The future shape of the economic crisis driven by the federal government’s inadequate response to the coronavirus pandemic is coming into focus. The widespread social isolation that has sent both the demand for and production of goods and services into a free-fall reflects our spotty knowledge about the contagiousness and lethality of the virus. At the same time, we don’t know where hospital admissions will spike next. These new facts of life point to two potential economic scenarios, based on aspects of the virus that are beyond our control.
If we’re lucky, the virus will dissipate by June. Let’s call that an Act-of-God scenario. In this case, a deep recession, spurred by broad social isolation and public anxiety through April and May, will persist through most of this year. It should end by 2021, because the $2 trillion in emergency relief expected to be passed in the coming days should be enough to support a decent recovery.
To solidify a new normal for the economy, Congress can’t stop with that stimulus. It should follow up early next year by providing $1 trillion in interest-free loans to capitalize new businesses, and another $1 trillion in an emergency federal work and infrastructure program to repair and build roads, bridges, airports, wastewater treatment plants, and mass transit systems. That money can also go toward redoing the electric grid and providing rural broadband.
If God doesn’t cooperate, however, and the virus spreads throughout 2020, we won’t be able to avoid a protracted economic breakdown as serious as the 1930s. In this case, we have to respond in ways that can help preserve the economy’s underlying strengths. One plan with merit, described recently by Andrew Sorkin in the New York Times, would create five-year, interest-free government bridge loans for businesses that maintain all or most of their employees.
This approach, while attractive in concept, would be daunting to carry out. Since the purpose is to help businesses and workers get through this crisis, the bridge loans have to cover a company’s fixed costs as well as its payrolls, including commercial and industrial rent, utilities, and interest on business loans. Moreover, two-thirds of Americans get their health insurance through their jobs, with employers covering 71 percent of the premiums for families and 82 percent of the premiums for individuals. The bridge loans clearly have to cover those benefits.
In 2019, payrolls and healthcare benefits cost private businesses $11,547 billion. Fixed costs added at least $1,203 billion to those labor costs—based on a rule of thumb that a business’s fixed costs should not exceed one-third of its revenues. So, payroll and fixed costs in 2019 came to some $12.75 trillion. If two-thirds of the private sector line up for the bridge loans, they will cost the government $4.25 trillion for six months.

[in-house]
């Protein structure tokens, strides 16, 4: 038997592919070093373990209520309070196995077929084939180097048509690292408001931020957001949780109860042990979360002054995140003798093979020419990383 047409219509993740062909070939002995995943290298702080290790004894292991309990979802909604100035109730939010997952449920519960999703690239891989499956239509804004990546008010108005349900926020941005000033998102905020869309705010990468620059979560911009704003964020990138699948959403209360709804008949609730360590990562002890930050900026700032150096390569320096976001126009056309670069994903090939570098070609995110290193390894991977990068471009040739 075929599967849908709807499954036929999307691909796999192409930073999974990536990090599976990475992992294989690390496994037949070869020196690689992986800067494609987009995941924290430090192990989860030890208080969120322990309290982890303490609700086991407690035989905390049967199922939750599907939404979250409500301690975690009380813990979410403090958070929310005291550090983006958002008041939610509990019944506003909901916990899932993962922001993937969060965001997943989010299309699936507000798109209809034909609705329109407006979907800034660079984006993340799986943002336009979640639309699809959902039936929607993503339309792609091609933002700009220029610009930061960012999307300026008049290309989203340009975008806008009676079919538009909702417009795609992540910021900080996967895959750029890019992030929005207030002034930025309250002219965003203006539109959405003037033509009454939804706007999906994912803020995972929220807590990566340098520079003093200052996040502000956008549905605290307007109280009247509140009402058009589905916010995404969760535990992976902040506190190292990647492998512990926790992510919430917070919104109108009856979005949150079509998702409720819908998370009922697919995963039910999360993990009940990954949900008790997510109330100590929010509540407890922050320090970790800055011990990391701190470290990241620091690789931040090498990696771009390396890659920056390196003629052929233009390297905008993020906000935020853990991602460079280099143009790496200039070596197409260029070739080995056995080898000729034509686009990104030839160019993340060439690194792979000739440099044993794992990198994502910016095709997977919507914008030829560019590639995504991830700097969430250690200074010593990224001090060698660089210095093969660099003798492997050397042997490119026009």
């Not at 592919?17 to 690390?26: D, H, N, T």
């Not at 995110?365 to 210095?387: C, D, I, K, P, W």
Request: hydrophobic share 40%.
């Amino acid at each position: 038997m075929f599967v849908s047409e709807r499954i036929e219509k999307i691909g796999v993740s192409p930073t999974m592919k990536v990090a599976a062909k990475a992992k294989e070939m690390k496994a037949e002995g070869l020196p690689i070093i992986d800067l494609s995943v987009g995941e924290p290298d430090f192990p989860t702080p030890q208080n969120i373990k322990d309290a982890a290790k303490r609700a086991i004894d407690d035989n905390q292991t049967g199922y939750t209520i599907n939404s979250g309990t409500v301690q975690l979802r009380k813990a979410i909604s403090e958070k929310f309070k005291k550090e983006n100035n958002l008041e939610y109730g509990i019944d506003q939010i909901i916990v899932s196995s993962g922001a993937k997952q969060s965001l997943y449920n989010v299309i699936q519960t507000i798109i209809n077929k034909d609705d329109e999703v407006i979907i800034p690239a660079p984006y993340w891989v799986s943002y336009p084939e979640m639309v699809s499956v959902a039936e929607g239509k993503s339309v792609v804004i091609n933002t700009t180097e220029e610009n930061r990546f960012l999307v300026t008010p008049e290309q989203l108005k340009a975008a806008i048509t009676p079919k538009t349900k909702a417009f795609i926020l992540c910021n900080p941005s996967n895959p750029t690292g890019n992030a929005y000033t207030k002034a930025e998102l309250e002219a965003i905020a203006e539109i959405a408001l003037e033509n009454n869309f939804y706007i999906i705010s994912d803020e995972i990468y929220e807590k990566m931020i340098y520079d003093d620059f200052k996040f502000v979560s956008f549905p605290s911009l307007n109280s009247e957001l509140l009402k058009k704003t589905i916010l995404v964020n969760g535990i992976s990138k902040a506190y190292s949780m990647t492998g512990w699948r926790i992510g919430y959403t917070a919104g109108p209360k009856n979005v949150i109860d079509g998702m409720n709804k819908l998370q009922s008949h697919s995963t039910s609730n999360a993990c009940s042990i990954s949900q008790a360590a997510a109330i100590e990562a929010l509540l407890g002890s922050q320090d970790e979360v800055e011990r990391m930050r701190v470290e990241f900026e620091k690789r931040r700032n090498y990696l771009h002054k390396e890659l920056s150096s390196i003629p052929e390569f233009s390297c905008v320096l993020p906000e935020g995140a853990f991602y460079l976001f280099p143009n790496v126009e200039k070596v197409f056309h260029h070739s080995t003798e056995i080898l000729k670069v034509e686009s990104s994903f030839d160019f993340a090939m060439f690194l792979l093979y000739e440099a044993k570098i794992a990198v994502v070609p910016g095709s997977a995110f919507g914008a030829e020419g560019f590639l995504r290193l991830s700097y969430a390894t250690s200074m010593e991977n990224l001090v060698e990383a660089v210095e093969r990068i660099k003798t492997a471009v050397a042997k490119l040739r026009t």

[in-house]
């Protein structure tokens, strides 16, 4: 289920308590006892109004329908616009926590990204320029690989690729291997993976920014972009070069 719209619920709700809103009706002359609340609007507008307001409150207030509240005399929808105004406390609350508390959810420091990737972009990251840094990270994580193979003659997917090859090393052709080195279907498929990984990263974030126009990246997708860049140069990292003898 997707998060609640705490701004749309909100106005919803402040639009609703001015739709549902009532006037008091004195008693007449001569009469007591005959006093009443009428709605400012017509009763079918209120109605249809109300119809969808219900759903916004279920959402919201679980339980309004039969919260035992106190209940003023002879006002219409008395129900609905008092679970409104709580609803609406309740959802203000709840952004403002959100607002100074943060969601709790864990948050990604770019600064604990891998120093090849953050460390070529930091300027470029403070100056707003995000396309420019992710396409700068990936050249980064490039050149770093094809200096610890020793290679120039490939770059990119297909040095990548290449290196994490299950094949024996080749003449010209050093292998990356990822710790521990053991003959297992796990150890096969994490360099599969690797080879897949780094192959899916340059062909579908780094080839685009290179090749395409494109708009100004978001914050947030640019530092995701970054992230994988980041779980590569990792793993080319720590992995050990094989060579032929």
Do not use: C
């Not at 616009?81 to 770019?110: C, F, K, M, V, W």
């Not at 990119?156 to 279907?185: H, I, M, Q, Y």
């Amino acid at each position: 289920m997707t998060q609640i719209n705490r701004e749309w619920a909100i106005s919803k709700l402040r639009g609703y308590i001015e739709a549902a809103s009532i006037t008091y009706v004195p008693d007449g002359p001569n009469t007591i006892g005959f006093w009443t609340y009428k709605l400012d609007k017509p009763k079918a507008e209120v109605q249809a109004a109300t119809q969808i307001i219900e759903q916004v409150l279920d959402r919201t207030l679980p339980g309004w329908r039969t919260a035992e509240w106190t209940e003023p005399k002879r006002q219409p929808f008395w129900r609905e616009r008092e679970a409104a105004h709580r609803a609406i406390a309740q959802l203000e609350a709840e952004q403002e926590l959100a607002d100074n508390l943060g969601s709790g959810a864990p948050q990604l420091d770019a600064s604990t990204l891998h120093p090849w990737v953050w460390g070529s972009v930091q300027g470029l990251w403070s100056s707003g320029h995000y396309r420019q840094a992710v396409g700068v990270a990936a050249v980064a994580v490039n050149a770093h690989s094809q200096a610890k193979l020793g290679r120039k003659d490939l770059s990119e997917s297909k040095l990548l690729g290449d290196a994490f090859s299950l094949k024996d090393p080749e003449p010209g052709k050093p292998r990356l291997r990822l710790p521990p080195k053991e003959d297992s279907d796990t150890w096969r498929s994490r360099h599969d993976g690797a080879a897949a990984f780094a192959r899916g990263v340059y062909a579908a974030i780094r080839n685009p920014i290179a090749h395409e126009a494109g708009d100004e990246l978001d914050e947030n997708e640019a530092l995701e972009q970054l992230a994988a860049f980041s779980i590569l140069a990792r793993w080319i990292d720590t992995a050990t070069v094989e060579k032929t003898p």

That may sound difficult to implement, but the alternative is a protracted Depression-class crisis is that millions of businesses will disappear. By the time the virus does recede, tens of millions of Americans will have no jobs to which they can return.
You may sensibly ask: How can the Treasury raise all these funds on top of the underlying $1 trillion deficit we face, plus the $2 trillion in crisis assistance that is likely soon to be enacted, as it also continuously refinances existing federal debt?
Foreign governments and foreign investors currently own 39 percent of our public debt, but our Treasury may not be able to depend on them this time. Our largest foreign lenders will try to hold on to their nation’s savings for their own support and stimulus programs. Other countries, such as South Korea and Singapore, which are dealing with Covid-19 more successfully, also depend on trade flows, which have fallen sharply. In this environment, trying to borrow an additional $4 trillion through normal bond issues could spike interest rates and undermine the credit of the United States.
Therefore, the Federal Reserve will have to lead the way. Bridge loans for businesses are a lifeline for banks holding those businesses’ existing loans. In return, the Fed can direct the banks to purchase the bonds, perhaps with congressional approval. That’s not totally unprecedented: Congress took a version of that action to fund the Civil War. If necessary, the Fed can loan the banks the reserves to purchase the bonds. The Fed’s alternative here is to directly create the funds for the bridge loans. The benefit of that approach is that there would be little inflationary risk, at least in this environment, beyond food prices, which also could be controlled.
Finally, the IRS would give the Treasury the information it needs to determine the bridge loan each company needs to cover its labor and fixed costs. And to ensure that those loans go only to those ends, Congress can temporarily bar stock buybacks, freeze executive compensation, and enact a high surtax on profits that exceed those in 2019.
Nobody knows where the coronavirus crisis will end up. The realities on the ground change every day. But we are clearly heading toward an economic meltdown. Dramatic measures will be necessary. If we face the prospect of a Great Depression two months from now, the approach I’ve laid out would be a possible, if daunting, way to address it.